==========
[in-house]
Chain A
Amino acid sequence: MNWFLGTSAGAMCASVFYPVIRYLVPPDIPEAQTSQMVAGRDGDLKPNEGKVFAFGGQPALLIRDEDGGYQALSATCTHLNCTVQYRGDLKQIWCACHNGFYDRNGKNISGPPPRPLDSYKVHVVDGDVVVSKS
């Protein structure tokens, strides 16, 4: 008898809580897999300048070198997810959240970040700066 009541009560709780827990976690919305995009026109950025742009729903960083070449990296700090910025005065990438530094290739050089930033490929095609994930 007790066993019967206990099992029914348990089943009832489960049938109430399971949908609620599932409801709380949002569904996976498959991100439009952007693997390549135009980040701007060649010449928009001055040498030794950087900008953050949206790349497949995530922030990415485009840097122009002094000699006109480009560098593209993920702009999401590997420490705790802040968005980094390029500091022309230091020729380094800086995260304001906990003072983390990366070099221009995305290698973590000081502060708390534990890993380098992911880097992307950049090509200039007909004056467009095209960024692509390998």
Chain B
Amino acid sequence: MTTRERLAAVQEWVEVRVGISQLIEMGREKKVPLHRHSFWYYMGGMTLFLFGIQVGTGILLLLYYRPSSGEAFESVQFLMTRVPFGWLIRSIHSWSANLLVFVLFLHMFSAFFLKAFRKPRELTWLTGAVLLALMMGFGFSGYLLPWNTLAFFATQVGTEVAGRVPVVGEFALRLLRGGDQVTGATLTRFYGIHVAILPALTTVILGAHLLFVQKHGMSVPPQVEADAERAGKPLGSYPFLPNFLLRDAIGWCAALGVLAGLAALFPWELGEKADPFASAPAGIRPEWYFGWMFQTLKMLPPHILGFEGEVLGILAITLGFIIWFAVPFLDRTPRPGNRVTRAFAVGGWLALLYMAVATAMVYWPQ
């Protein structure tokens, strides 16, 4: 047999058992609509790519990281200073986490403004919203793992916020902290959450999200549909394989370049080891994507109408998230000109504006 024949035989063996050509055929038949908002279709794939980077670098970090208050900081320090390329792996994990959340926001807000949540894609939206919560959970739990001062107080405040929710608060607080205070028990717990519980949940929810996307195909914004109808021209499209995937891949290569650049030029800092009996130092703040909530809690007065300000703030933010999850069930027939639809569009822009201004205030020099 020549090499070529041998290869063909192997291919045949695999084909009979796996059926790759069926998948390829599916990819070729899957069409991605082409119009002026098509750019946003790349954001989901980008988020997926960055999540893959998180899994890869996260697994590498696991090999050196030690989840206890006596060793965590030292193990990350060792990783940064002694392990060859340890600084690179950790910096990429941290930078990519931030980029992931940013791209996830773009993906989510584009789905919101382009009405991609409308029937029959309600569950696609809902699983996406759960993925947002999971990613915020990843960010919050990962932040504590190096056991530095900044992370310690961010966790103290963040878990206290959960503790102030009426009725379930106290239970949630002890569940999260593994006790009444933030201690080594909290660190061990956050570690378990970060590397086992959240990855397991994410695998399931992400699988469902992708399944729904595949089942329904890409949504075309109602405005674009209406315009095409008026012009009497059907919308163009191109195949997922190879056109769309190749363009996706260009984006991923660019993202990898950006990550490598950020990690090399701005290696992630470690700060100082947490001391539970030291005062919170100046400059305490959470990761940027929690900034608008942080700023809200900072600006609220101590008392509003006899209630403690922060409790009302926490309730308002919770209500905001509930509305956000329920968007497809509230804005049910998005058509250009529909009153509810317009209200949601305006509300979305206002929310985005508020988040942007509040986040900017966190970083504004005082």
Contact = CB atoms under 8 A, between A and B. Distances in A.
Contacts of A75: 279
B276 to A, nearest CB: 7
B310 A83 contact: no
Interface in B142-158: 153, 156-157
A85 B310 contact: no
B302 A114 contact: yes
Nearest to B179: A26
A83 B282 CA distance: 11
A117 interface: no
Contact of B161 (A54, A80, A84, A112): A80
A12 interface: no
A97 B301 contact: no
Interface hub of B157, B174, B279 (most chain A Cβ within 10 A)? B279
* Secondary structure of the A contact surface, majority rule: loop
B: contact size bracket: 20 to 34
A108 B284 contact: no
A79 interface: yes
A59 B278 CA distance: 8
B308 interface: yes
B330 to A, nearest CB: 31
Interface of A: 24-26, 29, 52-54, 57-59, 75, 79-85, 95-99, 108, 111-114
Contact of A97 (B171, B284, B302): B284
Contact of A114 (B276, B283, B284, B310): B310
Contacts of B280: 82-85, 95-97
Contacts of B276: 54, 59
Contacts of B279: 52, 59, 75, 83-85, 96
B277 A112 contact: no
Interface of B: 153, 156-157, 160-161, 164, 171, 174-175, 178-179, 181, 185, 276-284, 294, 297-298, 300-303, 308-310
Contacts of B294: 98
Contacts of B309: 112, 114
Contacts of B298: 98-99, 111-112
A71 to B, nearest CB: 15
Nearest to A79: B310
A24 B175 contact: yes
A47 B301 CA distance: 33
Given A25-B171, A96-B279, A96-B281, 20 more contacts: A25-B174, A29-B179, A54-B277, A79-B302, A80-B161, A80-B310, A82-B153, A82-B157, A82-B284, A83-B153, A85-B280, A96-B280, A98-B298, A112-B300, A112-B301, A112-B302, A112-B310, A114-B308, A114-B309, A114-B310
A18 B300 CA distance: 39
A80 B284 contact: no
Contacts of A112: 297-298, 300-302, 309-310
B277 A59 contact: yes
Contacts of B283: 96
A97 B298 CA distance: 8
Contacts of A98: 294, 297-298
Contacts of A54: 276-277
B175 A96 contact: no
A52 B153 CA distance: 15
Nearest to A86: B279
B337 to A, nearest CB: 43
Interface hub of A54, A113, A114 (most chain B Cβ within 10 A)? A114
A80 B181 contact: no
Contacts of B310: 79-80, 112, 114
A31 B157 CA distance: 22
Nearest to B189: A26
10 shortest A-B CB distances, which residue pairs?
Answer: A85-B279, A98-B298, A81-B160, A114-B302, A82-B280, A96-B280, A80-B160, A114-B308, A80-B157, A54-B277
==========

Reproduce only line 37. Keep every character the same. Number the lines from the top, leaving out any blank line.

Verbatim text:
Contacts of B294: 98